Why Did the High Court Even Take On This Appeal?The High Court’s affirmation of the Full Federal Court is so routine and categorical, I was caused to wonder why it had even granted special leave for AstraZenenca to appeal. Fortunately, Justices Gageler and Keane took the time to explain (at ):
In this case, special leave to appeal was granted principally to allow this Court to address difficulties said to attend the interpretation of s 7(2) and (3) of the Patents Act 1990 (Cth). The arguments advanced by AstraZeneca on these issues in this Court were without substance; they were also distinctly elusive in their presentation. The shifts which occurred in AstraZeneca's position during the course of argument should not be allowed to obscure the reality that these provisions give rise to no difficulties of interpretation material to the outcome of this case.
In other words, AstraZeneca stands accused (by these two judges, at least) of having virtually ‘tricked’ the Court into believing that there was some important question of statutory construction requiring resolution when, in fact, it was all just smoke and mirrors.
I think that this is a little harsh. As I wrote in my previous article, I consider that there would be some merit to a ‘purposive’ view of the law on obviousness that allows more scope to consider evidence of the actual processes of innovation in the relevant field of endeavour. After all, the primary purpose of requiring an ‘inventive step’ is to ensure that patents are granted for meritorious advances in the art, while being denied for developments that are merely routine, requiring no special skill or effort.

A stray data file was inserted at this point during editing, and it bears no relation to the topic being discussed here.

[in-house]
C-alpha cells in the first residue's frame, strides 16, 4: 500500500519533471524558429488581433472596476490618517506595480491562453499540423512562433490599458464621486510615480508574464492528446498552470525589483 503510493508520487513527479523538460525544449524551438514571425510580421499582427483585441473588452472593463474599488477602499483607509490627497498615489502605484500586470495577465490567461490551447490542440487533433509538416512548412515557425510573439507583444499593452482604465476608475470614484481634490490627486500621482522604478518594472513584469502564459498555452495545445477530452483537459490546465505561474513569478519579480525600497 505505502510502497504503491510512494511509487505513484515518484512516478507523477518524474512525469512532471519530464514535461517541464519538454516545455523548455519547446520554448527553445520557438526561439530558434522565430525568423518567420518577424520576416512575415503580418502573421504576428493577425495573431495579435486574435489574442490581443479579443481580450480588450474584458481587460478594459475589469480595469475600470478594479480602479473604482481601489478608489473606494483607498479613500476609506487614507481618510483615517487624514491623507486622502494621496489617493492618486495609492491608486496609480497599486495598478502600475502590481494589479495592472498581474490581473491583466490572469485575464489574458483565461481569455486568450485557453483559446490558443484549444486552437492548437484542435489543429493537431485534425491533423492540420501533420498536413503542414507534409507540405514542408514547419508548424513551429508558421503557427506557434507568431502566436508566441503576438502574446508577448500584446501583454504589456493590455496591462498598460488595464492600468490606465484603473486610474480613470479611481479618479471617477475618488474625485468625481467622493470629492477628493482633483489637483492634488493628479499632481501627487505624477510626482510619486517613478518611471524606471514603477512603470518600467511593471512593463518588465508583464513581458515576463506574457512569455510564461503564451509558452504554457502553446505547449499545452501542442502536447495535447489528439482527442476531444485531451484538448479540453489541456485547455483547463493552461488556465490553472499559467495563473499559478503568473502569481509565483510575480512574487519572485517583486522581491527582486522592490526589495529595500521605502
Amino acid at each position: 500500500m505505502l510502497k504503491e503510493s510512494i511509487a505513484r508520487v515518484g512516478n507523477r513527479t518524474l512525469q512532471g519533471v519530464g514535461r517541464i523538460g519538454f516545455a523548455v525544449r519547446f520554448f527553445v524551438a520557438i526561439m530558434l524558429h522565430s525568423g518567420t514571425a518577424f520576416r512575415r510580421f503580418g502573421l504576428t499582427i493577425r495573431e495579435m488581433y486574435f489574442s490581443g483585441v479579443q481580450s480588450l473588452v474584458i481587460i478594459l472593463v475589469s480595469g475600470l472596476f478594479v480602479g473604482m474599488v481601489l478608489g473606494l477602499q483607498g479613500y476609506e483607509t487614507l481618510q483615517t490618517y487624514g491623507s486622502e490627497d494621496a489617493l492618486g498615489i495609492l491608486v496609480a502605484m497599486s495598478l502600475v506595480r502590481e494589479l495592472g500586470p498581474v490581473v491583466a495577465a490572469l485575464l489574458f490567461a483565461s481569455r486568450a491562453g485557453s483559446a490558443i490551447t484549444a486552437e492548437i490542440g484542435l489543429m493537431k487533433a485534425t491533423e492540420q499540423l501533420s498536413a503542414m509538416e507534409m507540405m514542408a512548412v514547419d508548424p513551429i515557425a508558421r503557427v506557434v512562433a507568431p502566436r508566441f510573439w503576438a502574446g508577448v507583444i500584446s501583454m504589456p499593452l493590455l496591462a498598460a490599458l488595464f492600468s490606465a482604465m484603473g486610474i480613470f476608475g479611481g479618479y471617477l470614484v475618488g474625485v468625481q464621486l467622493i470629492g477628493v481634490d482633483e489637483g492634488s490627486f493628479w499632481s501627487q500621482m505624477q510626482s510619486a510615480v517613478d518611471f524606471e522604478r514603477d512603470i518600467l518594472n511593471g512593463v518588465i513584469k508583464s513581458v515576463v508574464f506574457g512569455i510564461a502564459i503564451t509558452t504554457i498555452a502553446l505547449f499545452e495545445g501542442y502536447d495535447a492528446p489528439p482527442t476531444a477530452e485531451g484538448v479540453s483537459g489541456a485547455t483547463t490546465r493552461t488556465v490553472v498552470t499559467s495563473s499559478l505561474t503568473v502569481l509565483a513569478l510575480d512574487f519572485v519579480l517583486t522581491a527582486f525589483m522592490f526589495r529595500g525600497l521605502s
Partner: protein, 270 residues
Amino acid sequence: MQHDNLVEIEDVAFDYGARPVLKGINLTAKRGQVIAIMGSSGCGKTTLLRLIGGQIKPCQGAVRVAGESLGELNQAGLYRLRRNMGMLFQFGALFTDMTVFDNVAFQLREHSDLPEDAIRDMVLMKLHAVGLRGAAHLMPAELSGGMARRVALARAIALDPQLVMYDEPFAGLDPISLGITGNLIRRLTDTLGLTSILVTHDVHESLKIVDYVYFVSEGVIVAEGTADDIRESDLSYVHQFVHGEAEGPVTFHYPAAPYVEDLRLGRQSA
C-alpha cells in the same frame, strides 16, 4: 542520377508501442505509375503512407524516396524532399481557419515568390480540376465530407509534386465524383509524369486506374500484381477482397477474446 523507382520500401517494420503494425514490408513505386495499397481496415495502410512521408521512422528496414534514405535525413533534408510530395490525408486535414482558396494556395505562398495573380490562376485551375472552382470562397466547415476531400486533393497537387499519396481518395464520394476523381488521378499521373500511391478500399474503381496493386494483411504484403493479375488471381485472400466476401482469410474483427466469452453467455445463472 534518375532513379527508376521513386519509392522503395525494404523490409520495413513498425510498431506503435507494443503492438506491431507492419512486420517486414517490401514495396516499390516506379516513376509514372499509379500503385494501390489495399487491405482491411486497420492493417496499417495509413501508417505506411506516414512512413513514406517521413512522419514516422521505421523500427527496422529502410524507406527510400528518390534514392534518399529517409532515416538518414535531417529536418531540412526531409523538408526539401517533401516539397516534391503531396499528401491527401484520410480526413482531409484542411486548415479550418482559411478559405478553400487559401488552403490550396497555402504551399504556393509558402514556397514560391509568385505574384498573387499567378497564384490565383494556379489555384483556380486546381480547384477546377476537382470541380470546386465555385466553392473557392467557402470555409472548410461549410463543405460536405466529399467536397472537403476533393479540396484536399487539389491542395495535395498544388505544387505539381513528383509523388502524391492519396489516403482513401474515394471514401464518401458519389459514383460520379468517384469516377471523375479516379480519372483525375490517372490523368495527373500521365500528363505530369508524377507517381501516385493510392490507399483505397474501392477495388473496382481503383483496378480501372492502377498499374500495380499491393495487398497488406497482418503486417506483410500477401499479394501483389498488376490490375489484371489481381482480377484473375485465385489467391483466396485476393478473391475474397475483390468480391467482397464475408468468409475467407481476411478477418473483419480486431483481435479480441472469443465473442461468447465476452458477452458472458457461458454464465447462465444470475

A ‘Pale Shadow’ and a ‘Tool’The approach to assessing obviousness – and in particular to establishing the relevant prior art against which the assessment is made – is rigidly circumscribed by the terms of section 7 of the Australian Patents Act 1990. I have written on a number of previous occasions about the problems with this statutory provision, most recently in Can the High Court Fix Australia’s Obviousness Problem? (The short answer, it seems, is ‘no’.) In other jurisdictions, the obviousness inquiry is generally more fluid, and allows decision-makers substantially free rein to assess whether an invention is obvious or inventive based upon whatever evidence may be available in relation to the state of the art, and common knowledge and practice of skilled workers in the field.
The High Court has confirmed that this is not the case in Australia. The law (as considered in the AstraZeneca case, and as it now stands following the Raising the Bar reforms in 2013) provides for obviousness to be assessed in relation to a single piece of prior art information. (It now also provides for combination of sources of information, but the ‘single piece’ also remains as a stand-alone provision.)